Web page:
Ice-skating in the Netherlands

Ice-skating in the Netherlands

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When the Lowlands freeze, there’s only one thing to do — go skating!

Whenever the temperature drops below zero for more than a day, the Dutch get a certain extra sparkle in their eyes. No, it’s the possibility that they will once again have the good fortune to go ice skating. Oh sure, there’s always those artificial ice rinks — but what really tantalises is the prospect of skating on natural ice.

And there are lakes, canals and ponds all over the Netherlands that freeze up enough to skate on. Every winter there’s huge speculation about the Elfstedentoch, the Eleven-Cities Tour, a 200km marathon skate in Friesland that takes place entirely on natural ice. So rare is it that enough ice to forms along the route that it has only been run 15 times since it officially began in 1909, though the race is said to have been around for hundreds of years.

In 1963, conditions were so extreme that some competitors lost toes to frostbite while others skated right off the ice when they could no longer see the edge of the skating surface. And still, would-be competitors sign up and pay a fee every year, hoping to be a part of the next race.

Unfortunately, only members of the official association (De Vereniging De Friesche Elf Steden) are eligible to join the race, which starts and finishes in the Friesland capital of Leeuwarden. A lottery decides which lucky skaters will get to compete, but it isn’t held until the mercury dips low enough.

Conditions for the race are very specific and as soon as the ice has reached the required thickness of 16cm, the race will be called to take place two days later. Each winter consistent freezing temperatures spark furious speculation as to whether or not the big event will be held, which hasn’t been run since 4 January 1997.

 

But that doesn’t mean you can’t still get out on your own two blades. Check the daily paper in your area for the Schaats Kalender. This is where you will find all the nearby places to safely hit the ice. Many expats hail from places cold enough to have learned to skate from an early age, but few people take the opportunity to skate on natural ice. While the ice may not be Zamboni-smooth, the experience is well worth a try.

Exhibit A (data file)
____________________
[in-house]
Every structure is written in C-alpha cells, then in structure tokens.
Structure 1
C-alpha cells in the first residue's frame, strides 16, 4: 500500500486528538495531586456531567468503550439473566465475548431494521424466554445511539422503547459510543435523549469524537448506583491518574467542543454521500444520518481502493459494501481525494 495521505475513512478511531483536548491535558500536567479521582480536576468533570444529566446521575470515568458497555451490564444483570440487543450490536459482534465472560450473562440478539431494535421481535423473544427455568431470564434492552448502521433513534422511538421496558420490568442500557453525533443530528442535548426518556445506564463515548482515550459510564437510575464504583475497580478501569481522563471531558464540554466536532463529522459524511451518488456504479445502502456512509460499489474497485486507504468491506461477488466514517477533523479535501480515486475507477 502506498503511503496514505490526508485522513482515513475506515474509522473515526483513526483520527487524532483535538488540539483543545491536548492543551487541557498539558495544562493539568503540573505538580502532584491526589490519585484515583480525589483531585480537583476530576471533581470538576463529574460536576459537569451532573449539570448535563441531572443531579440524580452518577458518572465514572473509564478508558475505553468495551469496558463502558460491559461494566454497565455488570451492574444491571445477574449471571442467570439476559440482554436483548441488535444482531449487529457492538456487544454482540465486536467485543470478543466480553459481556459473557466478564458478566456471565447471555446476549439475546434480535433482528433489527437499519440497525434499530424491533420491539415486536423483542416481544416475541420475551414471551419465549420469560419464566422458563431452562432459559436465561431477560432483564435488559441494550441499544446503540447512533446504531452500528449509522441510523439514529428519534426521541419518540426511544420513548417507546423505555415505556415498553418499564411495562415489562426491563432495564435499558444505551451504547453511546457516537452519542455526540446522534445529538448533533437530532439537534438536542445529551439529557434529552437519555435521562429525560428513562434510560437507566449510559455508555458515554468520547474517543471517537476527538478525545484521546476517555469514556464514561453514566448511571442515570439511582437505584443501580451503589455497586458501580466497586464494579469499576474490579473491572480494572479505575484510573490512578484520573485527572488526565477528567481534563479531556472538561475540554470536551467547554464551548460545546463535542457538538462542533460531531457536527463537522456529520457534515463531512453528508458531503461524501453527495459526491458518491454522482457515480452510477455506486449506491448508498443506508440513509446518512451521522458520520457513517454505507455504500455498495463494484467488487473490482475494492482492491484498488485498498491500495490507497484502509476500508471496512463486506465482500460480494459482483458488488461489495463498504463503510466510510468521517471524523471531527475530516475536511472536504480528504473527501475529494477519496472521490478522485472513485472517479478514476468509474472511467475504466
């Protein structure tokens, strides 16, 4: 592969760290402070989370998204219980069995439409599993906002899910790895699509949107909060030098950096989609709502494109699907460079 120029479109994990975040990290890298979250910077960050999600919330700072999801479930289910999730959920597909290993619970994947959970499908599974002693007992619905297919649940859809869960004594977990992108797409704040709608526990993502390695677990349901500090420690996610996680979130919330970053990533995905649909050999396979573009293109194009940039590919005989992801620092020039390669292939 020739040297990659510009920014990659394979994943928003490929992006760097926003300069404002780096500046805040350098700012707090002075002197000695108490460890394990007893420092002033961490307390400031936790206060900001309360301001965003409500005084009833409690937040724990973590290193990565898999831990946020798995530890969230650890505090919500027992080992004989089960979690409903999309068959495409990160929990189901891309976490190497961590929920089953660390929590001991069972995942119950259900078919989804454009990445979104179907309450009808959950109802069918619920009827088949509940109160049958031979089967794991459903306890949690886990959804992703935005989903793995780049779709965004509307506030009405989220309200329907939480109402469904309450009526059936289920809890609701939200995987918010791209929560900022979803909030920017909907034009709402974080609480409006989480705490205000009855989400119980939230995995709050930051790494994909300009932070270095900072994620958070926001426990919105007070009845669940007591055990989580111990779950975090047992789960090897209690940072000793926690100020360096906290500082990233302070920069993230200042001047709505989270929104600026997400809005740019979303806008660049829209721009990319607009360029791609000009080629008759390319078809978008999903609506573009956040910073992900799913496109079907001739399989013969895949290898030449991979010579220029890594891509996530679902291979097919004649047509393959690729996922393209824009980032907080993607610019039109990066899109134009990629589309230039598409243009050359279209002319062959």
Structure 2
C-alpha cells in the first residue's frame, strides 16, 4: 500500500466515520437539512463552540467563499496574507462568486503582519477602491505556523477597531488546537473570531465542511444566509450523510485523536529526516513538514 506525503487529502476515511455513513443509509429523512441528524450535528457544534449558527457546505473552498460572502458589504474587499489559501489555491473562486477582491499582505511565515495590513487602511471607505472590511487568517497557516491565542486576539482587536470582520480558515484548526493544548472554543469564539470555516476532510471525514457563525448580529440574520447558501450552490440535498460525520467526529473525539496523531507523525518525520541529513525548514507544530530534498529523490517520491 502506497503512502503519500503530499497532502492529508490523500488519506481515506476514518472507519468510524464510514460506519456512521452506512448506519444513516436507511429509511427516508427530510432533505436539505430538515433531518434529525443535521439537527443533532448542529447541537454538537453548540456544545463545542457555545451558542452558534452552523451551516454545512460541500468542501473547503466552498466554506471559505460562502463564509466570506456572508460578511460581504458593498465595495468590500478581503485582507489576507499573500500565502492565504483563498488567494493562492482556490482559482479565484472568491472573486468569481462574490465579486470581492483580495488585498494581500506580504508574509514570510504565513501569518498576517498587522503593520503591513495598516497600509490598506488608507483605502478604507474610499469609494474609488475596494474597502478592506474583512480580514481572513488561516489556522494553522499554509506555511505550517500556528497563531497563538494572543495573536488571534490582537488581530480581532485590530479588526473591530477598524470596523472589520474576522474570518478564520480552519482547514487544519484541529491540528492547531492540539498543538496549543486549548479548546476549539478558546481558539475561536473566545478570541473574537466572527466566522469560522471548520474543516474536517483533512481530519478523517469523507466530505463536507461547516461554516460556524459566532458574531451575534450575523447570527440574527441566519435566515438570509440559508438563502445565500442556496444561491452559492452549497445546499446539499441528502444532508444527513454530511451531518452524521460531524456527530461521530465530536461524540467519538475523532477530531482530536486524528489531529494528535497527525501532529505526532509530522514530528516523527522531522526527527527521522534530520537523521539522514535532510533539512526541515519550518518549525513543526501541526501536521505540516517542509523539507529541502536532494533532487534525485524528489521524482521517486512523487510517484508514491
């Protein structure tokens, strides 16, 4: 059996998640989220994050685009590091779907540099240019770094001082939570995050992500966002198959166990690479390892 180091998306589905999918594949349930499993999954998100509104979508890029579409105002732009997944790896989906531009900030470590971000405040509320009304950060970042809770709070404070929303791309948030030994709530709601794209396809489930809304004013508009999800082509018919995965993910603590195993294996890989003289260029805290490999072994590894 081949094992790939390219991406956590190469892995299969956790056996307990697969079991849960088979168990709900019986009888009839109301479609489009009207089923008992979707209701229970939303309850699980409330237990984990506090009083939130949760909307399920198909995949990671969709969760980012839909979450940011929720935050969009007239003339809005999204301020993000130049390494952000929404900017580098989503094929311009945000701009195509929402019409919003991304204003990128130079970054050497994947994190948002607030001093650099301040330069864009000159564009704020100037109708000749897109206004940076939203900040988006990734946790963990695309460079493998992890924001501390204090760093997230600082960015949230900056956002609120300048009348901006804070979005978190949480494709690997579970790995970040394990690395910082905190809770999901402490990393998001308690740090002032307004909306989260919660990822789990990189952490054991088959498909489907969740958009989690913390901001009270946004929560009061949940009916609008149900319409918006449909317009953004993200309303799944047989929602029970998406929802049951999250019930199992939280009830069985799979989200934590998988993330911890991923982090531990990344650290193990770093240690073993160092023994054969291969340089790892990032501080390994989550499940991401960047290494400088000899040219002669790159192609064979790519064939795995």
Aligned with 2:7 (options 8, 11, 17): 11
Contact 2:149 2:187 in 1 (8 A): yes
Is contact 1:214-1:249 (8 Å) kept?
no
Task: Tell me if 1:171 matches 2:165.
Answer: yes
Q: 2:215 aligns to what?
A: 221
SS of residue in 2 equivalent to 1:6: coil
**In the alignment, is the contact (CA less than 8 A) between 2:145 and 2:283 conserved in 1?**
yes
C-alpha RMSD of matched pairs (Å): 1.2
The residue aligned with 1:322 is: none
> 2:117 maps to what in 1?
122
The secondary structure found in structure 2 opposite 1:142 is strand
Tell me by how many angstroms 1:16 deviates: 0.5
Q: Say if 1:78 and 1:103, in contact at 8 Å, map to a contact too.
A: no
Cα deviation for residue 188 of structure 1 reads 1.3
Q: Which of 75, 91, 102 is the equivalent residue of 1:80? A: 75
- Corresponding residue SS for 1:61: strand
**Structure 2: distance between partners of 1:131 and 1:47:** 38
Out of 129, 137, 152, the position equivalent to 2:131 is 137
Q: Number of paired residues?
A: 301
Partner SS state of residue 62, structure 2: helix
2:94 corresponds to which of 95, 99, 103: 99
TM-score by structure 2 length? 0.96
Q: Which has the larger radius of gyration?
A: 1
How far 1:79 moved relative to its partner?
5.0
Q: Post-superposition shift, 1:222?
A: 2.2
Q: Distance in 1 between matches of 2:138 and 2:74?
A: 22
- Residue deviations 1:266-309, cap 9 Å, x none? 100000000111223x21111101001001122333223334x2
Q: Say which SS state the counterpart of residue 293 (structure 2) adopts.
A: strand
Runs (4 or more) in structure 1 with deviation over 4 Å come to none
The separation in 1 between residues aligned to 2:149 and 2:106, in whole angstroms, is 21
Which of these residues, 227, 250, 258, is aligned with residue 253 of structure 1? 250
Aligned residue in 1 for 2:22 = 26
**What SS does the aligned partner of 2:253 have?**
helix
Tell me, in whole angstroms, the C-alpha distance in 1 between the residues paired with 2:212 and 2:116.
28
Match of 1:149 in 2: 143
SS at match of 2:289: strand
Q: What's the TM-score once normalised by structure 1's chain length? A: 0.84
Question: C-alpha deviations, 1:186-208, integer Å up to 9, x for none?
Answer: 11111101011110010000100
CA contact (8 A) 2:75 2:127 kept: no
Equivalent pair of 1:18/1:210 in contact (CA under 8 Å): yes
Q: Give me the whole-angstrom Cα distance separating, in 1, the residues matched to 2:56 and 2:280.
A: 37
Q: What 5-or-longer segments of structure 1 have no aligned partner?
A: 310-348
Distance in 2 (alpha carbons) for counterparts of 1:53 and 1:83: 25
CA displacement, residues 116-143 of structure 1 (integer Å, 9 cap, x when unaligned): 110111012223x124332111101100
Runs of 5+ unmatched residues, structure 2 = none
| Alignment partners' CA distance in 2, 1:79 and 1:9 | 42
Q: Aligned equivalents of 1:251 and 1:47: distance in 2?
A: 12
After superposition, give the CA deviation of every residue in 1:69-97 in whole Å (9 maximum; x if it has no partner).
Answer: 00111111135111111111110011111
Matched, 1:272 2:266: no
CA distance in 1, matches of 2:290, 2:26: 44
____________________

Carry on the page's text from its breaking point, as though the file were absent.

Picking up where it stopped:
For those who’ve never tried skating, the activity offers great exercise, and can be fun whether you’re on your own or in a group. All you need are your skates and some warm clothes. A helpful website — although in Dutch — for natural ice skating news, weather and information from around the country is www.natuurijsschaatsen.nl.

The website provides regular updates on skating competitions; however, taking part in these races often requires advanced registration. To find out where they are being held click the "Toertochten zoeken" box and select the province of your choice from the drop-down menu.

And if it does get cold enough, those in the know say that there’s no better way to see National Park de Weerribben (www.deweerribben.nl) than on skates, because you can easily go to places that might otherwise be nearly impossible to reach. If the skate fits. The only significant downside to skating on natural ice is that you need your own skates because it’s virtually impossible to rent skates to take to the local ice pond. If you’re not sure whether you want to invest in a pair, you can go to a rink where you can rent skates and glide on the ice for a while. Oomssport (www.oomssport.nl in English and Dutch) has two locations with indoor rinks where you can rent before buying.

And if you get a taste for the ice, you can probably find at least one man-made rink, or ijsbaan, in your local area. Checkwww.schaats.pagina.nl. In the Netherlands you can find hockey and figure skates, but more common are those with the long blades, used in speed skating.

There are also klapschaats, a contraption that you can strap on to specialised boots, which leave the heels unattached, the same way that cross-country skis work. Older versions of these can sometimes be found in second-hand and antique shops. Try these out at your own risk.

For more information about natural ice skating areas, events and local conditions, check with the national skating association website, www.knsb.nl.


Eleven cities' tour (Friesland)
www.elfstedentocht.nl
If the temperature drops enough so canals freeze over to a depth of 15cm along a 200km route, keep an eye out for this gruelling skating marathon through the northern province of Friesland.

The Eleven-Cities Tour in Friesland has been run only 15 times since 1909

To find a skating club click on the "Schaatsclubs" link on www.schaats.pagina.nl.

 

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Sheelah Gullion / Expatica

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